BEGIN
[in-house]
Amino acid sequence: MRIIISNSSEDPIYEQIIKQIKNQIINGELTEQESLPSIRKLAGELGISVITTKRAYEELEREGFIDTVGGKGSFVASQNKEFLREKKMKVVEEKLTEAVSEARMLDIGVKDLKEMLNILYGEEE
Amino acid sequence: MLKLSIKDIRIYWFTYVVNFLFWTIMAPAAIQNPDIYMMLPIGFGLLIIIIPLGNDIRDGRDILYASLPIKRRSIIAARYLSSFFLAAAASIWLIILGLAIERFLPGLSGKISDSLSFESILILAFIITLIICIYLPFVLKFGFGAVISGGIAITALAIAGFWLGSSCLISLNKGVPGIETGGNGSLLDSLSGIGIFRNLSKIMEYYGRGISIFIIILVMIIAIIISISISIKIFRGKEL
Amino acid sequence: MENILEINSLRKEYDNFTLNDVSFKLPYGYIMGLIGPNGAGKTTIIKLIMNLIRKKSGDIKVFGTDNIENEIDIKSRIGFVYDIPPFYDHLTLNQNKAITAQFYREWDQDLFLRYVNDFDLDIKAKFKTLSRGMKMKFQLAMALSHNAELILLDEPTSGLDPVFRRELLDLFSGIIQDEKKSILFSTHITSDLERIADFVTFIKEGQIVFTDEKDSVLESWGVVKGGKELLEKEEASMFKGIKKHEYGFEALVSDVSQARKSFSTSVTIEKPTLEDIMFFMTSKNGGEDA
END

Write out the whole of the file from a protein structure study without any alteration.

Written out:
[in-house]
Amino acid sequence: MRIIISNSSEDPIYEQIIKQIKNQIINGELTEQESLPSIRKLAGELGISVITTKRAYEELEREGFIDTVGGKGSFVASQNKEFLREKKMKVVEEKLTEAVSEARMLDIGVKDLKEMLNILYGEEE
Amino acid sequence: MLKLSIKDIRIYWFTYVVNFLFWTIMAPAAIQNPDIYMMLPIGFGLLIIIIPLGNDIRDGRDILYASLPIKRRSIIAARYLSSFFLAAAASIWLIILGLAIERFLPGLSGKISDSLSFESILILAFIITLIICIYLPFVLKFGFGAVISGGIAITALAIAGFWLGSSCLISLNKGVPGIETGGNGSLLDSLSGIGIFRNLSKIMEYYGRGISIFIIILVMIIAIIISISISIKIFRGKEL
Amino acid sequence: MENILEINSLRKEYDNFTLNDVSFKLPYGYIMGLIGPNGAGKTTIIKLIMNLIRKKSGDIKVFGTDNIENEIDIKSRIGFVYDIPPFYDHLTLNQNKAITAQFYREWDQDLFLRYVNDFDLDIKAKFKTLSRGMKMKFQLAMALSHNAELILLDEPTSGLDPVFRRELLDLFSGIIQDEKKSILFSTHITSDLERIADFVTFIKEGQIVFTDEKDSVLESWGVVKGGKELLEKEEASMFKGIKKHEYGFEALVSDVSQARKSFSTSVTIEKPTLEDIMFFMTSKNGGEDA